Presidents Day is a time to reflect on the giants. Lincoln. Jefferson. Washington.
And of course, mattress sales.
"You go hunting when the ducks are flying," says Kevin Damewood, the executive vice president of sales and marketing at Kingsdown, a mattress manufacturer.
He says three-day weekends are when people have time to shop for a new mattress. It's also when many people decide to move, and consequently when many people are in the market for a new mattress.
Yet despite the flashy advertisements, mattress shopping can be met with the same level of excitement as buying new tires.
"A mattress has often been considered what you might call a grudge purchase," says Mary Helen Rogers, the vice president of sales and marketing at the Better Sleep Council, a part of the International Sleep Products Association, which represents the mattress industry.
A new survey from the Better Sleep Council, however, suggests this is starting to change. It found consumers were replacing their mattresses more often, particularly younger people 18 to 35. They were expecting to replace their mattress about once every six years.
Younger shoppers experiencing more life-changing events, such as moving to a new city or getting married, can explain some of this. But it also reflects a different perception of buying mattresses.
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"I think I had 50 friends comment on it," says Meg Massey, referring to a Facebook status she posted about shopping for a new mattress for her studio apartment in Washington, D.C. "They were talking about it like it was so easy."
Initially, Massey was apprehensive about the purchase, expecting to have to pay four figures. Yet after recommendations from friends and research online, she ordered a foam mattress on Amazon for $171. Her plan is to keep the mattress for a few years, before buying a higher-quality mattress.
"I'm actually kind of excited about the next purchase," she says, even though she only expects that mattress to last about five years, a significant shift from her parents' mattress habits.
"I'm pretty sure my mom has mattresses she bought when I was a child," Massey says. "That was something you kept for 10 or 20 years and you somehow made it work."
The ability to do her own research online and avoid having to shop at a mattress store changed the shopping experience from something she was dreading to one she enjoyed. And despite the savings being marketed for Presidents Day, Massey feels she wouldn't have received such a deal while working with a salesman.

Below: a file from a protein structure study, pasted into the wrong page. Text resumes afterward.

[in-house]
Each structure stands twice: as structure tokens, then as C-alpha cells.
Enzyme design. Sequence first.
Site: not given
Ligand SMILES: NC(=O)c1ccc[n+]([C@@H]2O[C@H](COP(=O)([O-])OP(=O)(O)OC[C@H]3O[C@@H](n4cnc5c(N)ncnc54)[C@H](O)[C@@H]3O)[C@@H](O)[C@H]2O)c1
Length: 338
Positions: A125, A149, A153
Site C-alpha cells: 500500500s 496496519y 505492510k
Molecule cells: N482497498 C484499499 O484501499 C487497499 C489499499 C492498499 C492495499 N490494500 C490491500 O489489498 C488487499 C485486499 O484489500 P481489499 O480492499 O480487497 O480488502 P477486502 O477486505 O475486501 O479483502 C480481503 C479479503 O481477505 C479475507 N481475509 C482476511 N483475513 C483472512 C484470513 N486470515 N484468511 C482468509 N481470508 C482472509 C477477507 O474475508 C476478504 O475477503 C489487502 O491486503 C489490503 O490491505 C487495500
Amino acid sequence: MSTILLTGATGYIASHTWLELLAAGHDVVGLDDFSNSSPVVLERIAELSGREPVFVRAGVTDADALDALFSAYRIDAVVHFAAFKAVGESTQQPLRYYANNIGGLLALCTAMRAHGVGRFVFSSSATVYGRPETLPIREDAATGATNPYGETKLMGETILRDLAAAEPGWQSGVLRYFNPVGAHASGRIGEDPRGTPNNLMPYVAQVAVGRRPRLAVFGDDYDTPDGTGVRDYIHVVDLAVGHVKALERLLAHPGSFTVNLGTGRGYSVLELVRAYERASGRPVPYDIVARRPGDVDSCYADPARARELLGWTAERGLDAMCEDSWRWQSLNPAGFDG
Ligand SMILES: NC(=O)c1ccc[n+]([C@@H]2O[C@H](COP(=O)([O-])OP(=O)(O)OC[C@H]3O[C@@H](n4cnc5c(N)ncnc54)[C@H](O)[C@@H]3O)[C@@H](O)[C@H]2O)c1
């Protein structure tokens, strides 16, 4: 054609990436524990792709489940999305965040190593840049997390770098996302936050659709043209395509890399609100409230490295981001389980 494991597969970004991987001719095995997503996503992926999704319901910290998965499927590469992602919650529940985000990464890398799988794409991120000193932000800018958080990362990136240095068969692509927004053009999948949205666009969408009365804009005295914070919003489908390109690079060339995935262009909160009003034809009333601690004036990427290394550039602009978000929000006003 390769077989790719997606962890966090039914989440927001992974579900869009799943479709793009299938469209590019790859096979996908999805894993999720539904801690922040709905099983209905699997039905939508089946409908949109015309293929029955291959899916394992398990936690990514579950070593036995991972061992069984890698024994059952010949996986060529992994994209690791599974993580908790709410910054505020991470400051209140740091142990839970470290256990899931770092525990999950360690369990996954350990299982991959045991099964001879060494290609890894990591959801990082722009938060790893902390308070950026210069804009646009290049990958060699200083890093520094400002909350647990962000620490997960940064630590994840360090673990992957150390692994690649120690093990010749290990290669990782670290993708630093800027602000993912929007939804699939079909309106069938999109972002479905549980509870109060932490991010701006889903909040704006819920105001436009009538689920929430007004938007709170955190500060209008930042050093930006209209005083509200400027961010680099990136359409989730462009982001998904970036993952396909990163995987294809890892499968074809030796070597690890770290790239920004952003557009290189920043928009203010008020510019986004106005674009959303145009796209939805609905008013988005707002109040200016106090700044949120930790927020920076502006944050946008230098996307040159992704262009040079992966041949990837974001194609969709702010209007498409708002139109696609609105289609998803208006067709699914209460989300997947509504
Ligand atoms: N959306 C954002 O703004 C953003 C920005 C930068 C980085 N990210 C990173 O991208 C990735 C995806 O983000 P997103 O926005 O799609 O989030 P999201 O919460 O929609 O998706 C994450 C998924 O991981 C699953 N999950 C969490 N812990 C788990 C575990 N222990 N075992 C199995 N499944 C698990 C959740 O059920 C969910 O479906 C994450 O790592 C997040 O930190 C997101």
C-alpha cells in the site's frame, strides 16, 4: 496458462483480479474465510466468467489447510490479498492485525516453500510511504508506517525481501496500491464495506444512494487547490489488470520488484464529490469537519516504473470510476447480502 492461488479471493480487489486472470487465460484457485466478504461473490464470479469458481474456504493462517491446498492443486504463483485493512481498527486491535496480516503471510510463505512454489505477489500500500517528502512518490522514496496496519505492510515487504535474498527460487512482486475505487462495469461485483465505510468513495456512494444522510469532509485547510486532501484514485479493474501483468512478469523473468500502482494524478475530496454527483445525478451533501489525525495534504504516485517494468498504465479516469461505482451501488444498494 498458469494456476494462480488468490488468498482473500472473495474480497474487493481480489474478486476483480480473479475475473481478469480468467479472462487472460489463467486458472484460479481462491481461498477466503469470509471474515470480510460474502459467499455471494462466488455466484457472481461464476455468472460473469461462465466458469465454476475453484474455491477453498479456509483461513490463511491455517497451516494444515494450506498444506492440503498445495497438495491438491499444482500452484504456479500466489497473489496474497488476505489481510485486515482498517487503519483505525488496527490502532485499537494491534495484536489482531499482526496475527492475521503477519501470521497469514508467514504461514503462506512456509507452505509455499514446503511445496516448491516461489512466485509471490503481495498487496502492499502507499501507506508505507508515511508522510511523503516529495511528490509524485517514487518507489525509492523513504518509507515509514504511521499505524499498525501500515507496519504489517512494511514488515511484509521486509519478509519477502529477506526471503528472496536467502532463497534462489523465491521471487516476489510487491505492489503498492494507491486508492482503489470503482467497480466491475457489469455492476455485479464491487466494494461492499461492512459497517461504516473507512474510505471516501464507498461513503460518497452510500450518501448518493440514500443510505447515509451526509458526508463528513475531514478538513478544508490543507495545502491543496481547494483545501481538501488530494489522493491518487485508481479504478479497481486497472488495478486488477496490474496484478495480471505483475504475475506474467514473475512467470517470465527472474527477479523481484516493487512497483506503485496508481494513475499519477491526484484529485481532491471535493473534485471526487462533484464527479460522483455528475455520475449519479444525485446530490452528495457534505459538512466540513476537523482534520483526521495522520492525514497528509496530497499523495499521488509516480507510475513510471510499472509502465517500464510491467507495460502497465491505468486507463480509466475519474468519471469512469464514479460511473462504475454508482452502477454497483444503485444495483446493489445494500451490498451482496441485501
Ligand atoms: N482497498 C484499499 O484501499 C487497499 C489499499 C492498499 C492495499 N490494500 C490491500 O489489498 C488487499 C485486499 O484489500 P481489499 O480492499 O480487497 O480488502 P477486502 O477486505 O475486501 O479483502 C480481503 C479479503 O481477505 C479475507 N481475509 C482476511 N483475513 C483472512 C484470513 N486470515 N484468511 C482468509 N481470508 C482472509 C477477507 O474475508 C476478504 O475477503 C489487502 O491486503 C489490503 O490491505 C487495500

"It's easier to kind of stick to your game plan when it's just you and your laptop and not you and like someone whose entire job is to try and get you to spend more money," she says.
Several new companies have taken note of the poor reputation of mattress stores and joined the online market.
"Buying a mattress when we did focus groups and surveys ranked as one of the worst consumer shopping experiences, period," says Philip Krim. He's the CEO of Casper, one of the most recognizable names in the online mattress market.
The site was designed to be the polar opposite of a mattress store. Instead of a physical location with dozens of mattresses to try, Casper sells only one mattress - though in different sizes - online with a simple return policy.
Several other companies also sell beds exclusively online. It's still a small slice of the market, but more and more companies are moving in that direction, seeing an opportunity.
"Look, it's an Amazon world, isn't it?" says Mark Quinn, the co-founder of Hero Bed, a new start-up looking to sell beds online. He says online sales are about five percent of the market, though he expects that to double in the next few years.
"You can buy anything you want and have it shipped to your house in a couple of days," he says. "It's hitting the easy button."
While the lack of options – and salespersons – is one of the main selling points for shopping online, mattress stores argue the opposite serves as an advantage. Many stores have test beds and salespersons trained to use them to connect customers with the bed with the right kind of support.
"I don't know how you can really, thoroughly, 110 percent accomplish that online," says Damewood."How many consumers really understand what the different gauges of wire mean online and what that means to the support they're being given in a mattress?"
Support is a term used often by mattress stores. Tossing your current mattress for one with more support is often sold as the gateway to a better night's sleep and all the health benefits promised along with it.
"Even small changes in support that you may not necessarily perceive can actually impact pain you have the next day and the quality of sleep that you have," said Dr. Robert Oexman, the director of the Sleep to Live Institute, which is funded by Kingsdown. "The type of mattress you buy and the support characteristics of that mattress is critical."
But for Dr. Lisa Medalie, who works at the University of Chicago's Sleep Disorders Center, a new mattress is pretty low on her recommendations for her patients.
"I kind of go with, if it ain't broke don't fix it," she says.
If a mattress is uncomfortable, she says replacing it can lead to a better night's sleep and hunting for a mattress with adequate support makes sense.
Often, however, she says there are other ways to find that elusive restful night. She says try these tips first:
Avoid heavy and spicy foods three hours before bedtime.
Exercising regularly can help with sleep, but avoid exercising within three hours of sleep.
Cut off caffeine eight hours before sleep.
Turn off electronic devices an hour before bed.
Keep the bedroom temperature low.
Use white noise to cut down on ambient room noise.
If it's taking 30 minutes or more to fall asleep several times a week for months, consider visiting a sleep clinic.
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